Head bowed in tribute, a lone Beefeater pays homage to a lost generation in a stunning sea of blazing remembrance.
With the world preparing to mark the centenary of the Armistice and the end of the ‘war to end all wars’, this was the extraordinary scene at the Tower of London last night (and for every night this week) as Britain lights the flames of commemoration – all 10,000 of them.
Four years ago, to mark the centenary of the outbreak of the First World War, the moat of the Tower was filled with 888,246 ceramic poppies – one for every man and woman who died serving King and country.
Viewed by millions, it proved to be one of the most popular pieces of contemporary and commemorative art ever seen.
With the world preparing to mark the centenary of the Armistice and the end of the ‘war to end all wars’, this was the extraordinary scene at the Tower of London last night (pictured)
The success of the 2014 display of poppies at the tower meant Historic Royal Palaces, who maintain the landmark, were keen to mark the centenary of Armistice. The ceremony, named Beyond The Deepening Shadow, will be repeated each night until the final showing on Remembrance Sunday
Volunteers help to light first thousands of flames in the dry moat of the Tower of London as part of an installation called Beyond the Deepening Shadow: The Tower Remembers, to mark the centenary of the end of First World War
To mark 100 years since the day the guns fell silent, the Tower is once again providing a dazzling backdrop to a nation’s thoughts of remembrance.
Except this time, it is not poppies but flames which are filling the moat each night, until the last ones disappear as Remembrance Sunday draws to a close on November 11.
At the start of the war, Foreign Secretary Sir Edward Grey famously declared: ‘The lamps are going out all over Europe.’
This vast commemorative exercise represents the moment they came back on again – along with the grief of those who survived to rebuild a shattered world.
Yeoman Warders (Beefeaters) lighting the first of thousands of flames in a lighting ceremony in the dry moat of the Tower of London as part of an installation called Beyond the Deepening Shadow: The Tower Remembers, to mark the centenary of the end of the First World War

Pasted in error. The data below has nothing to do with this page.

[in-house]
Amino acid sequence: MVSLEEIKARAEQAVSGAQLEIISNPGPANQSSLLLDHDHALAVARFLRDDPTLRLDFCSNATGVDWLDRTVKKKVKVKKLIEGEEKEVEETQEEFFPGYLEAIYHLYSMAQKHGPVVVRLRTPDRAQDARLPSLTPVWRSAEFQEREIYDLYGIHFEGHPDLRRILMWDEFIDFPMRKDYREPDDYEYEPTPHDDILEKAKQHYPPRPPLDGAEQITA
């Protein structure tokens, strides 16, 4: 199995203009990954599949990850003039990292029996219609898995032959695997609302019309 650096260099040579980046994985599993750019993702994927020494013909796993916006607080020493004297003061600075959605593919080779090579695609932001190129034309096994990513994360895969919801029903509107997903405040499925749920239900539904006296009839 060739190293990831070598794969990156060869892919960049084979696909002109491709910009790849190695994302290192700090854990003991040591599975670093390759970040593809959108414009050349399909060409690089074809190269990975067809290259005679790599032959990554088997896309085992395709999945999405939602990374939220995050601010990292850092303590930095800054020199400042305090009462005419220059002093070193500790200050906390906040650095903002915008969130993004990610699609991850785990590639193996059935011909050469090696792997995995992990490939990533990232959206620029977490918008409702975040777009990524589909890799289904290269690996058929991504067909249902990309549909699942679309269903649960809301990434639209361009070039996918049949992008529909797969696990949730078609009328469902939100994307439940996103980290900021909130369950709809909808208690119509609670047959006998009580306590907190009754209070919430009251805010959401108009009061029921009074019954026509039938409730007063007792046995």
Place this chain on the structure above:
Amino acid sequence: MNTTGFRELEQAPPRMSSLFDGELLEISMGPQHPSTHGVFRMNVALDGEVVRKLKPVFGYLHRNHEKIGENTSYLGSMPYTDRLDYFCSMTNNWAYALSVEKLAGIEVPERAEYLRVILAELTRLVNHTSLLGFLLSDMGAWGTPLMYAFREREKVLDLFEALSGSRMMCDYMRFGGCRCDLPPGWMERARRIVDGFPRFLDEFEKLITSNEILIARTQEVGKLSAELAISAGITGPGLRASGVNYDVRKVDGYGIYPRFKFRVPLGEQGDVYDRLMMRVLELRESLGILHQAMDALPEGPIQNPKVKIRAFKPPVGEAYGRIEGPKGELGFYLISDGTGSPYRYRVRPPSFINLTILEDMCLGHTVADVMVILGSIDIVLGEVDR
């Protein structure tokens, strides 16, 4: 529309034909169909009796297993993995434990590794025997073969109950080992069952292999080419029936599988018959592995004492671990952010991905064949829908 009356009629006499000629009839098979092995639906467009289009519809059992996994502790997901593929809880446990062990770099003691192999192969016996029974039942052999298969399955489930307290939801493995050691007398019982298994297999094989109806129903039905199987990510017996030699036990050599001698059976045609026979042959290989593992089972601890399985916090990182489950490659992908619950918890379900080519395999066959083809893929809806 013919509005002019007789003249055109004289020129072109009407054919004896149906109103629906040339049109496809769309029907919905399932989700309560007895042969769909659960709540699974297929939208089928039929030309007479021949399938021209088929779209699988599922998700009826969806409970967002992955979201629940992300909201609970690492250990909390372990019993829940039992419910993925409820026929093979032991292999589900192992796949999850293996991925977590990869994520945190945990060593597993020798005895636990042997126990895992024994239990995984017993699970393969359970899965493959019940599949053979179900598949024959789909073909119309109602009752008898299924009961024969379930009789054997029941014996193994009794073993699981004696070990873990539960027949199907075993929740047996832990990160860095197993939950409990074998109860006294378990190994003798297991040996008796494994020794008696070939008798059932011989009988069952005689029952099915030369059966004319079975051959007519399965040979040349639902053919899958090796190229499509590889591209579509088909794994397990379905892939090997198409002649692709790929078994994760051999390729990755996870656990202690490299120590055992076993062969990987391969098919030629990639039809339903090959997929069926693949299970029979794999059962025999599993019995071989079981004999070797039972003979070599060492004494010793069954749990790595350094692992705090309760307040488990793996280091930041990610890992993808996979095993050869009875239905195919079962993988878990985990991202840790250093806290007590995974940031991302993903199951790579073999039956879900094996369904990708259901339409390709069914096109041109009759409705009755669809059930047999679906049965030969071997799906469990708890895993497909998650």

A man plays a bugle to signify the start of a minute of silence ahead of the torches being lit for the installation ‘Beyond the Deepening Shadow’ at The Tower of London
Last night’s opening display of ‘Beyond The Deepening Shadow: The Tower Remembers’ with a floodlit bugler on the roof of the Middle Tower playing the Last Post and a minute’s silence.
A small procession of Yeomen Warders – better known as Beefeaters – plus the Constable and the Governor of the Tower formed a guard of honour and the first of the 10,000 torches were ignited by a tri-service trio.
In order to represent past, present and future, yesterday’s ceremony was performed by a retired Lieutenant Colonel, a serving midshipman from the Royal Naval Reserve and an air cadet.
Out of the shadows, a small battalion of volunteer torch-lighters emerged in pairs. Each night, about a hundred of them have the task of illuminating half a mile of grass-covered moat.
A Beefeater walking amongst the thousands of flames in a lighting ceremony in the dry moat of the Tower of London
Some turned out to have been volunteers who helped with that great poppy display four years ago. Some had simply read about this venture in the Mail and wanted to be a part of it.
Each pair consists of a ‘leader’ with a magnetic wand who lifts the metal cover off each torch followed by a ‘lighter’ who carries a blowtorch on the end of a rod. Despite the scale of the exercise, it took only about 20 minutes before the whole moat was ablaze.
‘There’s the same sort of buzz that there was with the poppies,’ said Charlotte Howard, a cook from Hampshire.
‘It’s a wonderful atmosphere but it does make you remember all those who lost their lives.’
Yeoman of the Guard lights the first torches in the installation ‘Beyond The Deepening Shadow’ at Tower of London this evening
Several torch-lighting pairs turned out to be husband and wife, such as Dean and Kerry Rockall, from Bedfordshire.
All have been issued with a flame-retardant grey boiler suit (to blend in with the Tower’s stonework) and have undergone several hours of training – not just to tick all the health and safety boxes but to ensure they light their designated ‘zone’ of torches in the correct order. It has all been planned in minute detail by Tom Piper, the designer of the installation.
‘We want the flames to spread in “fingers” of light until the whole moat is ablaze,’ explained Mr Piper, a theatre designer who also oversaw the great poppy display of 2014 called Blood Swept Lands and Seas of Red.